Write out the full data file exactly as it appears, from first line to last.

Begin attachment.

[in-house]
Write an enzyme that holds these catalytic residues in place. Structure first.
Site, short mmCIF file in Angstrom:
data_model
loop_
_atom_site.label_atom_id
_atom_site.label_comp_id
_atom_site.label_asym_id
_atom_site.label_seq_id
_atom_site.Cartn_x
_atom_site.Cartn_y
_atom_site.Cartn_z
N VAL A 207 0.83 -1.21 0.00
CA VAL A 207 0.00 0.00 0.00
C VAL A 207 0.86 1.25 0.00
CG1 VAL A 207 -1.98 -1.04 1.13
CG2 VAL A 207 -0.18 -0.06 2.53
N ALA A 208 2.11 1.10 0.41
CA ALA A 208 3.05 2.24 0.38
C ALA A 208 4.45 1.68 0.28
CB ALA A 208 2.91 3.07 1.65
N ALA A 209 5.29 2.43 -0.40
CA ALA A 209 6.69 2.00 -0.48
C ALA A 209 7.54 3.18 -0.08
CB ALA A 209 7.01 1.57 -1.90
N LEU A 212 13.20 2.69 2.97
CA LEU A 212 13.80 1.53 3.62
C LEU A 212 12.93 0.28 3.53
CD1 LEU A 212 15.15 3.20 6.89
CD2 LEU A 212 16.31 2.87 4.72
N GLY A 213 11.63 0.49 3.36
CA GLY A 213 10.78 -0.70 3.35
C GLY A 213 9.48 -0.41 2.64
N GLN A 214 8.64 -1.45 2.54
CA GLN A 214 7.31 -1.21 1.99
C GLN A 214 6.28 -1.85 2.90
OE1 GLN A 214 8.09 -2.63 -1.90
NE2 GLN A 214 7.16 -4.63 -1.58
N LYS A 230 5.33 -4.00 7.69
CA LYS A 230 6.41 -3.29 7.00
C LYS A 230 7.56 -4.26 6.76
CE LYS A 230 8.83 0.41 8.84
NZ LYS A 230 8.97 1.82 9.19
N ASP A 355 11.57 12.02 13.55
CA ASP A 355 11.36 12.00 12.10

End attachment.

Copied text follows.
[in-house]
Write an enzyme that holds these catalytic residues in place. Structure first.
Site, short mmCIF file in Angstrom:
data_model
loop_
_atom_site.label_atom_id
_atom_site.label_comp_id
_atom_site.label_asym_id
_atom_site.label_seq_id
_atom_site.Cartn_x
_atom_site.Cartn_y
_atom_site.Cartn_z
N VAL A 207 0.83 -1.21 0.00
CA VAL A 207 0.00 0.00 0.00
C VAL A 207 0.86 1.25 0.00
CG1 VAL A 207 -1.98 -1.04 1.13
CG2 VAL A 207 -0.18 -0.06 2.53
N ALA A 208 2.11 1.10 0.41
CA ALA A 208 3.05 2.24 0.38
C ALA A 208 4.45 1.68 0.28
CB ALA A 208 2.91 3.07 1.65
N ALA A 209 5.29 2.43 -0.40
CA ALA A 209 6.69 2.00 -0.48
C ALA A 209 7.54 3.18 -0.08
CB ALA A 209 7.01 1.57 -1.90
N LEU A 212 13.20 2.69 2.97
CA LEU A 212 13.80 1.53 3.62
C LEU A 212 12.93 0.28 3.53
CD1 LEU A 212 15.15 3.20 6.89
CD2 LEU A 212 16.31 2.87 4.72
N GLY A 213 11.63 0.49 3.36
CA GLY A 213 10.78 -0.70 3.35
C GLY A 213 9.48 -0.41 2.64
N GLN A 214 8.64 -1.45 2.54
CA GLN A 214 7.31 -1.21 1.99
C GLN A 214 6.28 -1.85 2.90
OE1 GLN A 214 8.09 -2.63 -1.90
NE2 GLN A 214 7.16 -4.63 -1.58
N LYS A 230 5.33 -4.00 7.69
CA LYS A 230 6.41 -3.29 7.00
C LYS A 230 7.56 -4.26 6.76
CE LYS A 230 8.83 0.41 8.84
NZ LYS A 230 8.97 1.82 9.19
N ASP A 355 11.57 12.02 13.55
CA ASP A 355 11.36 12.00 12.10